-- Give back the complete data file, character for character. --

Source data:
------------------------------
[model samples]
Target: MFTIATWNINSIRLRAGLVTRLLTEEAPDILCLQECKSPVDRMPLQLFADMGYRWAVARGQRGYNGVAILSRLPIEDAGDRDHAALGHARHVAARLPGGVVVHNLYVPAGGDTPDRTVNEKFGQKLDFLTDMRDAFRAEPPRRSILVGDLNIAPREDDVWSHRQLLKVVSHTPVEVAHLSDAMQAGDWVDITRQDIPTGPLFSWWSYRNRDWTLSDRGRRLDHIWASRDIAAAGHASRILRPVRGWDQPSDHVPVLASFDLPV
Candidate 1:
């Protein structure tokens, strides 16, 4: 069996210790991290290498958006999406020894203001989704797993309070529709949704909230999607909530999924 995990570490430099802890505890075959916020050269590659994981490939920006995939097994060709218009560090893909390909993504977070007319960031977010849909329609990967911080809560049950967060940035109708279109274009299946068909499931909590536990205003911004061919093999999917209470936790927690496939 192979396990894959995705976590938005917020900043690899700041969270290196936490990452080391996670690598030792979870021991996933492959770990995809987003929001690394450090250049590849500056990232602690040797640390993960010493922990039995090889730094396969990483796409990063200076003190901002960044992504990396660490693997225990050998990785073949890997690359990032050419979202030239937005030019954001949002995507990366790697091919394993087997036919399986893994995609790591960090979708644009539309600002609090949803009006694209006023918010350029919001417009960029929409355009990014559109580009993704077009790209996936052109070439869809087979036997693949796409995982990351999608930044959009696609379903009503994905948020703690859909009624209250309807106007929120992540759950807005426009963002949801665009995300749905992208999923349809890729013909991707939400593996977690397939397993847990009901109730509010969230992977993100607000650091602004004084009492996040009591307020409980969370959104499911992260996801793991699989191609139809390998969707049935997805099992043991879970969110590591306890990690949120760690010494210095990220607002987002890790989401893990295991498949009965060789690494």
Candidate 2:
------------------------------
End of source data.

[model samples]
Target: MFTIATWNINSIRLRAGLVTRLLTEEAPDILCLQECKSPVDRMPLQLFADMGYRWAVARGQRGYNGVAILSRLPIEDAGDRDHAALGHARHVAARLPGGVVVHNLYVPAGGDTPDRTVNEKFGQKLDFLTDMRDAFRAEPPRRSILVGDLNIAPREDDVWSHRQLLKVVSHTPVEVAHLSDAMQAGDWVDITRQDIPTGPLFSWWSYRNRDWTLSDRGRRLDHIWASRDIAAAGHASRILRPVRGWDQPSDHVPVLASFDLPV
Candidate 1:
């Protein structure tokens, strides 16, 4: 069996210790991290290498958006999406020894203001989704797993309070529709949704909230999607909530999924 995990570490430099802890505890075959916020050269590659994981490939920006995939097994060709218009560090893909390909993504977070007319960031977010849909329609990967911080809560049950967060940035109708279109274009299946068909499931909590536990205003911004061919093999999917209470936790927690496939 192979396990894959995705976590938005917020900043690899700041969270290196936490990452080391996670690598030792979870021991996933492959770990995809987003929001690394450090250049590849500056990232602690040797640390993960010493922990039995090889730094396969990483796409990063200076003190901002960044992504990396660490693997225990050998990785073949890997690359990032050419979202030239937005030019954001949002995507990366790697091919394993087997036919399986893994995609790591960090979708644009539309600002609090949803009006694209006023918010350029919001417009960029929409355009990014559109580009993704077009790209996936052109070439869809087979036997693949796409995982990351999608930044959009696609379903009503994905948020703690859909009624209250309807106007929120992540759950807005426009963002949801665009995300749905992208999923349809890729013909991707939400593996977690397939397993847990009901109730509010969230992977993100607000650091602004004084009492996040009591307020409980969370959104499911992260996801793991699989191609139809390998969707049935997805099992043991879970969110590591306890990690949120760690010494210095990220607002987002890790989401893990295991498949009965060789690494």
Candidate 2: